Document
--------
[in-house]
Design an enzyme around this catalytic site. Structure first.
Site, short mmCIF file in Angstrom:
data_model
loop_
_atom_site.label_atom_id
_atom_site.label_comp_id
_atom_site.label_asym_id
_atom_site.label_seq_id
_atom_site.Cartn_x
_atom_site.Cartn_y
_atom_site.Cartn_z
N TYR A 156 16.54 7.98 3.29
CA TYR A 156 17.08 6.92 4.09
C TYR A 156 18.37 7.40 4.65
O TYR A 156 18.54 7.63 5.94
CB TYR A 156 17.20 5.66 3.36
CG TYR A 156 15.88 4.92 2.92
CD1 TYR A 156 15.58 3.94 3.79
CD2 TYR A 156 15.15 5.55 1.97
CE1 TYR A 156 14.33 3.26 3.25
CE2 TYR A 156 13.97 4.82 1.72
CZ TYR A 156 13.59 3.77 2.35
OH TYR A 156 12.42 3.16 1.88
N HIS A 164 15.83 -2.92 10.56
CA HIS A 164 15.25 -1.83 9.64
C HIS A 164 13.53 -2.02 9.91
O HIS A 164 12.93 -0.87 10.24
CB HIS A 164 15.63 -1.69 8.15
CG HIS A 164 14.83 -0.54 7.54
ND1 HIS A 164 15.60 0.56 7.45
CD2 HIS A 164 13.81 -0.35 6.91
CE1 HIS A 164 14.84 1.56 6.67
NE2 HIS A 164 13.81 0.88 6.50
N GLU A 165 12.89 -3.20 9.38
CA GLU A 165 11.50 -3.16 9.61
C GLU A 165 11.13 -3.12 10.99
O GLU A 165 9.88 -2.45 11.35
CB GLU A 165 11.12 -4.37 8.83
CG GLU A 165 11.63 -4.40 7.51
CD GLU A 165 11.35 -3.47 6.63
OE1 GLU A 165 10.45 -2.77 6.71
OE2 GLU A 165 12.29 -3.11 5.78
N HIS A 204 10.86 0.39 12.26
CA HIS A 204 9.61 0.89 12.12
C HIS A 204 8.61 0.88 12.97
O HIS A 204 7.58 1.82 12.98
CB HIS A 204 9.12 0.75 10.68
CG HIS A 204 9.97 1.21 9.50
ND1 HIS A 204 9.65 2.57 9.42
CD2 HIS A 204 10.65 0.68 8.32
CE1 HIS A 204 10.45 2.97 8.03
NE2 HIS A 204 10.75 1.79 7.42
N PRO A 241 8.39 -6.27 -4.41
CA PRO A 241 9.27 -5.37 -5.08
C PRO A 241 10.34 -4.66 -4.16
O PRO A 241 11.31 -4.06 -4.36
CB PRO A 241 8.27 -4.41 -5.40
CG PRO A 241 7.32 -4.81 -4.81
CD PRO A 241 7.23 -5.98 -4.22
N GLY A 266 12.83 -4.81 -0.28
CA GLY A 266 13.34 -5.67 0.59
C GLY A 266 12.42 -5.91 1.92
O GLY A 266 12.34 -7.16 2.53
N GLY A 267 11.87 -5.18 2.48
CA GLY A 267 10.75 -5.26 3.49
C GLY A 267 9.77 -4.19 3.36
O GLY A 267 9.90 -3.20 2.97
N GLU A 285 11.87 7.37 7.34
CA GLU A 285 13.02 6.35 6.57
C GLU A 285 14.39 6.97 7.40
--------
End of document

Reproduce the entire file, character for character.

[in-house]
Design an enzyme around this catalytic site. Structure first.
Site, short mmCIF file in Angstrom:
data_model
loop_
_atom_site.label_atom_id
_atom_site.label_comp_id
_atom_site.label_asym_id
_atom_site.label_seq_id
_atom_site.Cartn_x
_atom_site.Cartn_y
_atom_site.Cartn_z
N TYR A 156 16.54 7.98 3.29
CA TYR A 156 17.08 6.92 4.09
C TYR A 156 18.37 7.40 4.65
O TYR A 156 18.54 7.63 5.94
CB TYR A 156 17.20 5.66 3.36
CG TYR A 156 15.88 4.92 2.92
CD1 TYR A 156 15.58 3.94 3.79
CD2 TYR A 156 15.15 5.55 1.97
CE1 TYR A 156 14.33 3.26 3.25
CE2 TYR A 156 13.97 4.82 1.72
CZ TYR A 156 13.59 3.77 2.35
OH TYR A 156 12.42 3.16 1.88
N HIS A 164 15.83 -2.92 10.56
CA HIS A 164 15.25 -1.83 9.64
C HIS A 164 13.53 -2.02 9.91
O HIS A 164 12.93 -0.87 10.24
CB HIS A 164 15.63 -1.69 8.15
CG HIS A 164 14.83 -0.54 7.54
ND1 HIS A 164 15.60 0.56 7.45
CD2 HIS A 164 13.81 -0.35 6.91
CE1 HIS A 164 14.84 1.56 6.67
NE2 HIS A 164 13.81 0.88 6.50
N GLU A 165 12.89 -3.20 9.38
CA GLU A 165 11.50 -3.16 9.61
C GLU A 165 11.13 -3.12 10.99
O GLU A 165 9.88 -2.45 11.35
CB GLU A 165 11.12 -4.37 8.83
CG GLU A 165 11.63 -4.40 7.51
CD GLU A 165 11.35 -3.47 6.63
OE1 GLU A 165 10.45 -2.77 6.71
OE2 GLU A 165 12.29 -3.11 5.78
N HIS A 204 10.86 0.39 12.26
CA HIS A 204 9.61 0.89 12.12
C HIS A 204 8.61 0.88 12.97
O HIS A 204 7.58 1.82 12.98
CB HIS A 204 9.12 0.75 10.68
CG HIS A 204 9.97 1.21 9.50
ND1 HIS A 204 9.65 2.57 9.42
CD2 HIS A 204 10.65 0.68 8.32
CE1 HIS A 204 10.45 2.97 8.03
NE2 HIS A 204 10.75 1.79 7.42
N PRO A 241 8.39 -6.27 -4.41
CA PRO A 241 9.27 -5.37 -5.08
C PRO A 241 10.34 -4.66 -4.16
O PRO A 241 11.31 -4.06 -4.36
CB PRO A 241 8.27 -4.41 -5.40
CG PRO A 241 7.32 -4.81 -4.81
CD PRO A 241 7.23 -5.98 -4.22
N GLY A 266 12.83 -4.81 -0.28
CA GLY A 266 13.34 -5.67 0.59
C GLY A 266 12.42 -5.91 1.92
O GLY A 266 12.34 -7.16 2.53
N GLY A 267 11.87 -5.18 2.48
CA GLY A 267 10.75 -5.26 3.49
C GLY A 267 9.77 -4.19 3.36
O GLY A 267 9.90 -3.20 2.97
N GLU A 285 11.87 7.37 7.34
CA GLU A 285 13.02 6.35 6.57
C GLU A 285 14.39 6.97 7.40